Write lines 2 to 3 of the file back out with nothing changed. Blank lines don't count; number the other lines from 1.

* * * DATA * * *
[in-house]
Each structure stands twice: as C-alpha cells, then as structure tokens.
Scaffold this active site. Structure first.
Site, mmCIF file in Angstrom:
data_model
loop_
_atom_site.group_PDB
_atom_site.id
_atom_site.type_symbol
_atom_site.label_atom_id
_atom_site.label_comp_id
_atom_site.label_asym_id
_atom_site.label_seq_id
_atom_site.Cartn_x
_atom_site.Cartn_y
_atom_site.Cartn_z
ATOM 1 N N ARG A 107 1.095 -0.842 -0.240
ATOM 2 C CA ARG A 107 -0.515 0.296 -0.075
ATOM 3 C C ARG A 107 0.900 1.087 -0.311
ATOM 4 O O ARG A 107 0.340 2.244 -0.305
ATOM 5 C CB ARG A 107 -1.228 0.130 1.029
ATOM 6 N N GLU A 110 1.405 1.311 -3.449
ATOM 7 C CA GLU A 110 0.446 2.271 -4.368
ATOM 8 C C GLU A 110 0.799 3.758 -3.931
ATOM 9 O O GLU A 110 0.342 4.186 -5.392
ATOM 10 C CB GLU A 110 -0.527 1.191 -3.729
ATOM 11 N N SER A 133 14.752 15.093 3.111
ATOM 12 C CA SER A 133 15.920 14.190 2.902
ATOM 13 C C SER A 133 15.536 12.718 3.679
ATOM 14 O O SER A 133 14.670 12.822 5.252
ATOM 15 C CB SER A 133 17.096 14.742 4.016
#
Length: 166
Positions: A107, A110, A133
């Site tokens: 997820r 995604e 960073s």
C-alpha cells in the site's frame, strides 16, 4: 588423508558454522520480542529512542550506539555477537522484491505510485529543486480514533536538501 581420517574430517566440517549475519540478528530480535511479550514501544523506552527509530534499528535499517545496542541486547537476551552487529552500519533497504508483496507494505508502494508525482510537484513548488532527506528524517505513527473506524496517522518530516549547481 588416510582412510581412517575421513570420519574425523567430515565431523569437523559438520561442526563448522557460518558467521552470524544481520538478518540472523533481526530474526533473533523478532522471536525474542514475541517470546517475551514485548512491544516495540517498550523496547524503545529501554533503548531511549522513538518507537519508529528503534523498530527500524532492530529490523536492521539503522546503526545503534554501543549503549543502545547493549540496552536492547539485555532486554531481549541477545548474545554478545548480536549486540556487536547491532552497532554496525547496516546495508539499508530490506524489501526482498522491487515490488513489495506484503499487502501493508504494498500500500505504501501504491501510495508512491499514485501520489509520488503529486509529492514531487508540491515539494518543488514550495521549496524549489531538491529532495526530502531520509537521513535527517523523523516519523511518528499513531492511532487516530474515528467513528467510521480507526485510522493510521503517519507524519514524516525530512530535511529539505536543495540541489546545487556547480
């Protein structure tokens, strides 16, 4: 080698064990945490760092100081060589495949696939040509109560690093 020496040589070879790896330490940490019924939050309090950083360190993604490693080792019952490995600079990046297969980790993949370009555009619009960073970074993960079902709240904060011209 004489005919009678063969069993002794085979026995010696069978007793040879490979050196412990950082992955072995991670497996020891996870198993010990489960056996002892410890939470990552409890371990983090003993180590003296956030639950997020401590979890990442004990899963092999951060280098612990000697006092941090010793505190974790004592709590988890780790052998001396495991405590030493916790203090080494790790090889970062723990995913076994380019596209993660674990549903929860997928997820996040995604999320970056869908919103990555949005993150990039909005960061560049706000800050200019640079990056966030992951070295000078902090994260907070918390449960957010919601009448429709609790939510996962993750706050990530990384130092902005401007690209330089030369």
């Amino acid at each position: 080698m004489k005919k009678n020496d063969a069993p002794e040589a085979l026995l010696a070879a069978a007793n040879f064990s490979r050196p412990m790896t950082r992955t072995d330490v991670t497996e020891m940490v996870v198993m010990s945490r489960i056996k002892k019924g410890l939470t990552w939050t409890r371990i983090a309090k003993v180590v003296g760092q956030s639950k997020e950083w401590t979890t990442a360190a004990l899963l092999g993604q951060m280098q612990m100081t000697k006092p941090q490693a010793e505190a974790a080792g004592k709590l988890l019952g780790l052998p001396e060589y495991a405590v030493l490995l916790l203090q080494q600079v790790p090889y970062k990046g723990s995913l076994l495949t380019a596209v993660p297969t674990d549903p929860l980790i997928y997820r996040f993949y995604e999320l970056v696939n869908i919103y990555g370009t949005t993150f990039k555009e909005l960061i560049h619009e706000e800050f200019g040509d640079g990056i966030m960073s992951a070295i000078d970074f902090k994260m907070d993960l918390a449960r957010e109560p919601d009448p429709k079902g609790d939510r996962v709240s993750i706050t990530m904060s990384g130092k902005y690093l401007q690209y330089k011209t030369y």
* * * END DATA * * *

Each structure stands twice: as C-alpha cells, then as structure tokens.
Scaffold this active site. Structure first.